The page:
The original PC visual novel Doki Doki Literature Club took over the internet back in late 2017. Offering up a cute aesthetic wrapped around themes of depression, self-harm, and horror, it was an odd blend of genres that would have been unique on it’s own. However, an entire meta-game that has you doing things outside of loading the game itself is where the title really stood out. PC players would be deleting files, reloading games, looking for clues in the game’s system files, and so much more. Theories surrounded the game’s main antagonist and their incentives, but one thing was certain: Doki Doki was not like anything gamer’s enjoyed before.
Jump ahead to 2021 and the game sees itself on all current game consoles, including the Nintendo Switch. Obviously being on a console game and not a PC game, players cannot close the game and go to the game’s files and start manipulating them to see the in-game results. Instead, Doki Doki Literature Club Plus incorporates a computer-like desktop for you to navigate. From here, you can access the game’s “System Files” and emulate what one would do on the actual computer desktop. It’s not ideal, but it works for what it is.
I do not play PC games all that much. Occasionally I’ll jump on and play (although as of this week we now have a beefy gaming rig, so we’ll reevaluate that claim shortly). When DDLC released in 2017 I was caught up in the hype behind what everyone was saying about it, but didn’t play the game. I watched the Game Theory videos all about it and really enjoyed learning what the game had to offer. For someone that hadn’t played the game, I knew a good amount. You can imagine my excitement when I was given a copy of the game for Christmas this past year.
I spent about 2 days playing through the game on the Switch. I witnessed the twists, turns, murders, and psychological horrors first hand and for the first time. It was honestly pretty great! I literally said “Oh my god” out loud a couple times, and was pleasantly surprised with the story and meta-game. Deleting files and seeing the game become “corrupt” was super cool. For how cool the game and effects were though, I couldn’t help but feel I was getting a subpar experience.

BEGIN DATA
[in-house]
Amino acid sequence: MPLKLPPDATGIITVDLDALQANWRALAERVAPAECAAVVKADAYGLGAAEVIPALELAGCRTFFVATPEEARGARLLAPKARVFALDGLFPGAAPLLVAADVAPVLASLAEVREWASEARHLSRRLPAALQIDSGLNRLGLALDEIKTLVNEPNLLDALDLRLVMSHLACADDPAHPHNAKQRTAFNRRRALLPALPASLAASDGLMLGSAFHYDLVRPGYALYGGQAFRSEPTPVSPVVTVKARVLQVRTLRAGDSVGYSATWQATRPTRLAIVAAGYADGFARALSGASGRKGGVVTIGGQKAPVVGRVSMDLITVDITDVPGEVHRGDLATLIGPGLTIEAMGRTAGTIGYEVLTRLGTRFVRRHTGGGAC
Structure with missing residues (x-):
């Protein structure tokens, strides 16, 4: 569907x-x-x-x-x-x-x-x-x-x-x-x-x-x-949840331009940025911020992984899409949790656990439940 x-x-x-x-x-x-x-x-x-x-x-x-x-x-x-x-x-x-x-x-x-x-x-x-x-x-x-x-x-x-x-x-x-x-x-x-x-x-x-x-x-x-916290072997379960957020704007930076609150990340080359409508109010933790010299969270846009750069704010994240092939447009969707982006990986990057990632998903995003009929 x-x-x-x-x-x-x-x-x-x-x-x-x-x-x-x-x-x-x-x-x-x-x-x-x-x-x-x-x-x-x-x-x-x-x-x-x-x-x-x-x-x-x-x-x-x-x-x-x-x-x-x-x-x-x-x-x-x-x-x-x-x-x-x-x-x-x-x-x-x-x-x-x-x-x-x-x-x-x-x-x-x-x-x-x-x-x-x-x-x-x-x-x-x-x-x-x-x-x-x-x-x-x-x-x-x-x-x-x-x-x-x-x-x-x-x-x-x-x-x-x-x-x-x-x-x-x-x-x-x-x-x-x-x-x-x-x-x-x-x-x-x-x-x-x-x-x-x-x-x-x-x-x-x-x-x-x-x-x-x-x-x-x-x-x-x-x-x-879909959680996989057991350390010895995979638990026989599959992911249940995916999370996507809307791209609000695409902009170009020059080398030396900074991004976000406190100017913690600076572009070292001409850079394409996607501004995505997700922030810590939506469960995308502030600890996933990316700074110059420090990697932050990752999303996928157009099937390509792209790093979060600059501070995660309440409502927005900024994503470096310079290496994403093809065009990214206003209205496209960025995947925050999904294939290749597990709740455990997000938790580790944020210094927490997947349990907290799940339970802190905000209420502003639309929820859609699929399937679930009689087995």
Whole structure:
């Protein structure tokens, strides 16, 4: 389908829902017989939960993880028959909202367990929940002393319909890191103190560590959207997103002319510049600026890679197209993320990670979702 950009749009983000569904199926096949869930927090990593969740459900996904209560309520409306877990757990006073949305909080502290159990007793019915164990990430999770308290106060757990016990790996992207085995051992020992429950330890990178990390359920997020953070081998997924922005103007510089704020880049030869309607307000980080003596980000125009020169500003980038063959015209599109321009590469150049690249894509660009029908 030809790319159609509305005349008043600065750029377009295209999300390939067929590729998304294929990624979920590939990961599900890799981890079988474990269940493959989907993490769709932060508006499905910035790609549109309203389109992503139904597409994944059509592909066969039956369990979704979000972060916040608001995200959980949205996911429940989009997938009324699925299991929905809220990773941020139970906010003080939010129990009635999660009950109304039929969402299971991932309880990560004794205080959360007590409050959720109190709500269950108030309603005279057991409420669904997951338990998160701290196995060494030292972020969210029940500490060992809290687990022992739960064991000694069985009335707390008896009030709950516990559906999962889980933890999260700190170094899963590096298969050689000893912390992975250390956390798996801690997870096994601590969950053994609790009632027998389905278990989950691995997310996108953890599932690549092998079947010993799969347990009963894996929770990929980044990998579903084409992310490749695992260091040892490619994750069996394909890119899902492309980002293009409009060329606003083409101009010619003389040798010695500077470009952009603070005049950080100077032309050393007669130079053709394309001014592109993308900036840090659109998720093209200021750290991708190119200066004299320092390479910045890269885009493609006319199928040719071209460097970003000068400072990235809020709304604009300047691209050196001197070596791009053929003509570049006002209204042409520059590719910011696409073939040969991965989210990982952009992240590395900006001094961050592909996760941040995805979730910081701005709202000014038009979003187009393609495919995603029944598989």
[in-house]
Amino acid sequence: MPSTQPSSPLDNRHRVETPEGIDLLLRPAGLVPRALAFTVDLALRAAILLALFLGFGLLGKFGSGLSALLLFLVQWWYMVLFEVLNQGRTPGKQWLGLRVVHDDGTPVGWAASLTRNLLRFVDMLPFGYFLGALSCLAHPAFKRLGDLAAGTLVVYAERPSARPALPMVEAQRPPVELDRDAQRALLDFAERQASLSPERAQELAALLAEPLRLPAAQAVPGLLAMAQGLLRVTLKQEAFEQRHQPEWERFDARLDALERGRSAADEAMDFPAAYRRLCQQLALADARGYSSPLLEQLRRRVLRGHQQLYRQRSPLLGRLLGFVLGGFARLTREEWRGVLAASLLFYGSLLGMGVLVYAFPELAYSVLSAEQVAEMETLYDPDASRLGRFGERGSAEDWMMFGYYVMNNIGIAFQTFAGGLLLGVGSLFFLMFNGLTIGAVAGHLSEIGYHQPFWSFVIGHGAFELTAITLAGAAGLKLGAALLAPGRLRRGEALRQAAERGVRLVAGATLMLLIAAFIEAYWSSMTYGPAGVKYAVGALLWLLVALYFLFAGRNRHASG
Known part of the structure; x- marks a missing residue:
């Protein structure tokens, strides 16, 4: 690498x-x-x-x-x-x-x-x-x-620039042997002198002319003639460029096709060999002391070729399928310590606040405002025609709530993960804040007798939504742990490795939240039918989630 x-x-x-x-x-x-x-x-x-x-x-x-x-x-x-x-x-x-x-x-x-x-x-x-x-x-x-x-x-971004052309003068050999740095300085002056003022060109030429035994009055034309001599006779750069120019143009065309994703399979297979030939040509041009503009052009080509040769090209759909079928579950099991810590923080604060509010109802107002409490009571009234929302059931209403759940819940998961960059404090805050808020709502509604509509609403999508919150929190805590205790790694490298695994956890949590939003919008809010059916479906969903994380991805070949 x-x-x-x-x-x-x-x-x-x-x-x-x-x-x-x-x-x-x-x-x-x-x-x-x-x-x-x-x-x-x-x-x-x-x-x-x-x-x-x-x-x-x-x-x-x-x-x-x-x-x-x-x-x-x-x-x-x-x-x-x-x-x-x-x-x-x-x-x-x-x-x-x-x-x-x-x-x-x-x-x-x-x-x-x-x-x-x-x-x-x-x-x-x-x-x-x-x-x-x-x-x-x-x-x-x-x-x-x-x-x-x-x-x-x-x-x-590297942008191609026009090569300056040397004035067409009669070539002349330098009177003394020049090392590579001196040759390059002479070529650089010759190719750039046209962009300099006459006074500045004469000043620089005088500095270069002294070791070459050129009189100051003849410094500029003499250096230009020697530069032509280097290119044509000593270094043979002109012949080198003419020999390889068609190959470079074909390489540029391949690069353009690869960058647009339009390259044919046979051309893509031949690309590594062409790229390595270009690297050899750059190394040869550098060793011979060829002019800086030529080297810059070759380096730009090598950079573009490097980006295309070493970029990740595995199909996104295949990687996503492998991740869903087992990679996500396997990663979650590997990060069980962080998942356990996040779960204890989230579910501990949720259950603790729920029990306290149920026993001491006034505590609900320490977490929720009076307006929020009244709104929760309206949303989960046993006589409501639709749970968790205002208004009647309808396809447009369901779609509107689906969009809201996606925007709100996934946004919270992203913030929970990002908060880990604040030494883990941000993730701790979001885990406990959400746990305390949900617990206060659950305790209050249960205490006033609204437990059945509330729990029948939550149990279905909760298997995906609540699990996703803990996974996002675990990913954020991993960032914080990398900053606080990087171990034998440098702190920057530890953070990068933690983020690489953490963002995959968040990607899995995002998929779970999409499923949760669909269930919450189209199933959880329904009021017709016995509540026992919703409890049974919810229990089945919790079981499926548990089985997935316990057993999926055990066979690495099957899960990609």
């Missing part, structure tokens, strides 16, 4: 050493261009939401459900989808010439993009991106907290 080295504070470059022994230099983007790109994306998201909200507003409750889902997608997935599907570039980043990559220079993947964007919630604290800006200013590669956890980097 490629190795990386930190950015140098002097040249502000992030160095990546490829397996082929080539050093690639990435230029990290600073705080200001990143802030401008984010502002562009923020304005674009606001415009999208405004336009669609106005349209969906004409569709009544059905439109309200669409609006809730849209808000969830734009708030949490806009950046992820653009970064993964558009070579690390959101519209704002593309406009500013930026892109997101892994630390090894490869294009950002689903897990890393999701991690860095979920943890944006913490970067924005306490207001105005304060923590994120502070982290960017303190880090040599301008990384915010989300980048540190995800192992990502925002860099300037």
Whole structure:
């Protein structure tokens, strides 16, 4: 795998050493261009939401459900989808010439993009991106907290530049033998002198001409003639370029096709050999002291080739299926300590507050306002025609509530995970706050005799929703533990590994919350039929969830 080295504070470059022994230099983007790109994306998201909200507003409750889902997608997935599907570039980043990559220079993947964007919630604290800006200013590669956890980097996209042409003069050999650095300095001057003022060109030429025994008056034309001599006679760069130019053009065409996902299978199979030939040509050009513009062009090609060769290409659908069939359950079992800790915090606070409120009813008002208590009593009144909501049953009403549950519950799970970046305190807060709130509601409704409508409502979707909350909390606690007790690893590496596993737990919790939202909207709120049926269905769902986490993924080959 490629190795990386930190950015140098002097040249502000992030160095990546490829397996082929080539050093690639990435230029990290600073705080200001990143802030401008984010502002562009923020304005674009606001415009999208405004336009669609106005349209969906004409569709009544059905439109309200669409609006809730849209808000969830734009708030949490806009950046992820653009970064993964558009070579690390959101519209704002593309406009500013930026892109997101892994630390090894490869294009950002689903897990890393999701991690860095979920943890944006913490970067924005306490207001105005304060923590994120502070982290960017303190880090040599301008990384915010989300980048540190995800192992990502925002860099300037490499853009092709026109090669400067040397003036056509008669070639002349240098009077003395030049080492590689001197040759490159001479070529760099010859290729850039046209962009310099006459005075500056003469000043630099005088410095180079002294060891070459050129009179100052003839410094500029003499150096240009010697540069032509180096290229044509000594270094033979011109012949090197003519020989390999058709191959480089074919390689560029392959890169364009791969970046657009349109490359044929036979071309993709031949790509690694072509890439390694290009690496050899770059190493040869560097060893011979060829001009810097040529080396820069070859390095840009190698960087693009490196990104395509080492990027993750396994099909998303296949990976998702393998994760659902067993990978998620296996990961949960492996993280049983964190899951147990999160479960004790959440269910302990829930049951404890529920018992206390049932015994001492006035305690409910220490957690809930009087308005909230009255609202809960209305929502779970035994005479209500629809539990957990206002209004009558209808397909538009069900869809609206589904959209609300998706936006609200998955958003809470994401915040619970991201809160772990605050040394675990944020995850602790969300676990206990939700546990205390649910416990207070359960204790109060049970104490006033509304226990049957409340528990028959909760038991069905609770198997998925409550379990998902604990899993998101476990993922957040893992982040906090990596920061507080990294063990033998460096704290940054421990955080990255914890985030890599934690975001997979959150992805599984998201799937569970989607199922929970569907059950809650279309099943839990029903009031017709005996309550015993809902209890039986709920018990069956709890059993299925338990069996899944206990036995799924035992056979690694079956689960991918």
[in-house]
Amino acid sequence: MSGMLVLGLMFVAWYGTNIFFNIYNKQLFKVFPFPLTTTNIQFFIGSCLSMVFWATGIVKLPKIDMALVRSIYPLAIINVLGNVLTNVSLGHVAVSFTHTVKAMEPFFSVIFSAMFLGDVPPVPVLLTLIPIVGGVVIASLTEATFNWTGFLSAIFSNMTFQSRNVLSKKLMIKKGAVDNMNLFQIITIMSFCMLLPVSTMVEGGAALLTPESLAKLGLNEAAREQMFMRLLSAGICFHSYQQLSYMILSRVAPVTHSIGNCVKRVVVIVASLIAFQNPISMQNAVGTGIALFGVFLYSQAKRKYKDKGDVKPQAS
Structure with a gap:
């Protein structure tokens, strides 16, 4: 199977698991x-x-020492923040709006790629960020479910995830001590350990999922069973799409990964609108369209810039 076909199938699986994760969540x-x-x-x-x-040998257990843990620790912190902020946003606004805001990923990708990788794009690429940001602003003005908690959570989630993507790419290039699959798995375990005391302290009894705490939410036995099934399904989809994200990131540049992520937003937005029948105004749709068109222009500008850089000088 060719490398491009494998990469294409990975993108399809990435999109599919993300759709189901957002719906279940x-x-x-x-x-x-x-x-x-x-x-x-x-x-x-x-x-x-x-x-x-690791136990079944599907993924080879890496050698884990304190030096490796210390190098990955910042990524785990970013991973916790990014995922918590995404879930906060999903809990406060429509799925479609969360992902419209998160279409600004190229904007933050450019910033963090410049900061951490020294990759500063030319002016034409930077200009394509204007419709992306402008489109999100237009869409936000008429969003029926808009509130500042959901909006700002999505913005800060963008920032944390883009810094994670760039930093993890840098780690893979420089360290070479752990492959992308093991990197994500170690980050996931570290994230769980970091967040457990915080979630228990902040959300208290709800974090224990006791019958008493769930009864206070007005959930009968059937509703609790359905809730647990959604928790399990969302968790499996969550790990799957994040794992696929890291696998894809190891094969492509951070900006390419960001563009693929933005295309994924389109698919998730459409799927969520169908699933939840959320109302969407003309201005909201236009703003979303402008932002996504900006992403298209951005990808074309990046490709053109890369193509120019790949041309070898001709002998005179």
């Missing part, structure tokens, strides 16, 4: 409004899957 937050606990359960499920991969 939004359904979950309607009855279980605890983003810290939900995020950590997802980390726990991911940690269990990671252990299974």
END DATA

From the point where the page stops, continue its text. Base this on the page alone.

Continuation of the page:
DDLC on consoles is inferior. The game handles and runs well, but the non-game elements are lacking. It’s not quite the same using a digital computer desktop interface to play around with game files. I feel a lot more limited without my massive hard drive to play around. It’s not as rewarding to be told secretive information via in-game emails and messages rather than finding them yourself in the actual games files (which is done on the PC version of this game). Granted, I likely wouldn’t even do these things because that’s not how I enjoy my video games, but it’s worth pointing out.
Perhaps the biggest offender to this dichotomy between platforms comes from what you learn about the game when not playing it. As stated above, I’m not really into opening files and changing brightness or playing audio files backwards, but that’s what you can do to find more information about the game’s characters. It’s honestly how you find all the impressive and meta stuff DDLC has to offer. I found out about all of this watching online videos and would have never guessed it was even a thing unless I did. There’s no real evidence of these things in the game itself: it’s all found out and presented outside of the visual novel. Without these things in the Switch or other console versions, the game loses what makes it truly special.
Doki Doki Literature Club Plus is a good game. It’s just a better game on PC. If you have the opportunity, play it when you can. Just try to play it on PC.